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S. Subramania Aiyar Vs. the India Equitable Insurance Company Limited, Through Its Authorised Agent S.B. Mitra - Court Judgment

LegalCrystal Citation
SubjectCivil
CourtChennai
Decided On
Reported inAIR1942Mad105; (1941)2MLJ509
AppellantS. Subramania Aiyar
RespondentThe India Equitable Insurance Company Limited, Through Its Authorised Agent S.B. Mitra
Excerpt:
- - 1. the contention raised in this petition under madras act iv of 1938 is one which, so far as i am aware, is not covered by authority, but it seems to me to be clearly untenable. , it is clearly excluded from the operation of sections 8 and 9 and therefore these sections cannot be called in aid to substitute for this liability an earlier liability which bore a higher rate of interest......company, limited, and he borrowed from his employers in 1927 a sum of rs. 250 on a promissory note carrying interest at 12 per cent. per annum. in 1930 that debt was renewed by the execution of a fresh promissory note for rs. 340 with interest at the same rate. in 1933 there was a further renewal by the execution of a note for rs. 450 carrying interest at only 9 per cent. on this note the company sued and got a decree on 23rd october, 1936. the debtor applied to scale down this decree under section 19 of the act and has been met 'by the objection that under section 10 (2) (in) of the act, nothing in sections 8 and 9 applies to a liability in respect of a sum due to a public company when the interest payable in respect of the liability is not more than 9 per cent. the argument.....
Judgment:

Wadsworth, J.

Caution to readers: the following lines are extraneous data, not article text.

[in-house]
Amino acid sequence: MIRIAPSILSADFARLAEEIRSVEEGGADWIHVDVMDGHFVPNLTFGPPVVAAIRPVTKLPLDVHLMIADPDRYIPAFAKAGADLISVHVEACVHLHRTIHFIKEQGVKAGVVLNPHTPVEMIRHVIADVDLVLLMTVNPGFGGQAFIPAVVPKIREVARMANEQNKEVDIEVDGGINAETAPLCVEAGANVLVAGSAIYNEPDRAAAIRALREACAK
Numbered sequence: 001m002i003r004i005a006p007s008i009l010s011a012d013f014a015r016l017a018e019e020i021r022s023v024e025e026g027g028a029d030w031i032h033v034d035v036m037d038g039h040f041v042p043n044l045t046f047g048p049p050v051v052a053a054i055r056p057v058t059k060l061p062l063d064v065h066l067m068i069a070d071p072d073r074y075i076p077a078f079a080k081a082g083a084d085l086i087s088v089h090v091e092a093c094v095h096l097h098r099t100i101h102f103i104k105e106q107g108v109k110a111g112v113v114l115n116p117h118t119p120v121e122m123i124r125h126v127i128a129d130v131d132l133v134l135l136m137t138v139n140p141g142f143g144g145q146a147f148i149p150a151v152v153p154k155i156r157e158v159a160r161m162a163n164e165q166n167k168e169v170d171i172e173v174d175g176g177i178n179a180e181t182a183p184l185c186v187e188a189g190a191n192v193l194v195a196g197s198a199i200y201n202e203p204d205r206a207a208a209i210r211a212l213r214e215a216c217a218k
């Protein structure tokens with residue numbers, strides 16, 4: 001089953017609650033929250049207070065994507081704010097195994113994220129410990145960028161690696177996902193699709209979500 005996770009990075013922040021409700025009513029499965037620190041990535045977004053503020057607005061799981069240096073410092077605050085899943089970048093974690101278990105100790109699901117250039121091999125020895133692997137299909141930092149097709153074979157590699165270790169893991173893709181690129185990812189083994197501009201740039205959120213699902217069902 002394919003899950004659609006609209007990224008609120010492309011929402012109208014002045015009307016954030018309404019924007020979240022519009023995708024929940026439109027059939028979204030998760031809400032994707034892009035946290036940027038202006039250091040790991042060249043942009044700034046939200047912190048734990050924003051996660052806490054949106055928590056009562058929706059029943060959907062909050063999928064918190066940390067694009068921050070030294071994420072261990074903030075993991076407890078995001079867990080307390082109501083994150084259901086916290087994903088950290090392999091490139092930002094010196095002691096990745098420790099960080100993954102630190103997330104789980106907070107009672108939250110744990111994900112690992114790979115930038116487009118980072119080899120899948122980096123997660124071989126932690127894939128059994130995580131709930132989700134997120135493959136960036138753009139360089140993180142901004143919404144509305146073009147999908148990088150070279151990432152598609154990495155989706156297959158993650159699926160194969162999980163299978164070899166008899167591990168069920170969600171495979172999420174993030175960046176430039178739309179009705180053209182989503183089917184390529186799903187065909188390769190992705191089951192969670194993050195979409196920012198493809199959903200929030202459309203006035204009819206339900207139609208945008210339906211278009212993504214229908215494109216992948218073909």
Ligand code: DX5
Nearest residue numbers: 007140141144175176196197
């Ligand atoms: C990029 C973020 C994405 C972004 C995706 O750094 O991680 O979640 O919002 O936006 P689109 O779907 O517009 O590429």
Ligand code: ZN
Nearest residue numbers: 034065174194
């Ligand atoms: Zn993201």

1. The contention raised in this petition under Madras Act IV of 1938 is one which, so far as I am aware, is not covered by authority, but it seems to me to be clearly untenable. The petitioner was employed by the India Equitable Insurance Company, Limited, and he borrowed from his employers in 1927 a sum of Rs. 250 on a promissory note carrying interest at 12 per cent. per annum. In 1930 that debt was renewed by the execution of a fresh promissory note for Rs. 340 with interest at the same rate. In 1933 there was a further renewal by the execution of a note for Rs. 450 carrying interest at only 9 per cent. On this note the company sued and got a decree on 23rd October, 1936. The debtor applied to scale down this decree under Section 19 of the Act and has been met 'by the objection that under Section 10 (2) (in) of the Act, nothing in Sections 8 and 9 applies to a liability in respect of a sum due to a public company when the interest payable in respect of the liability is not more than 9 per cent. The argument advanced before me is that because the debt which has been decreed is itself a renewal of earlier debts carrying interest at 12 per cent., the explanation to Section 8 can be applied and that by the application of this explanation the liability becomes transformed into one bearing interest in excess of 9 per cent., so as to exclude it from the operation of Section 10 (2) (iii). That is to say, the petitioner proposes to apply Section 8 of the Act in order to make this liability into one to which Section 8 of the Act shall apply. This process seems to me unjustifiable. The liability excluded from the purview of operations under Section 8 or 9 of the Act is the present liability under which the debtor is at the time of his application indebted. If that liability is clue to a company and carried interest at not more than 9 per cent., it is clearly excluded from the operation of Sections 8 and 9 and therefore these sections cannot be called in aid to substitute for this liability an earlier liability which bore a higher rate of interest. The petition is dismissed with costs.


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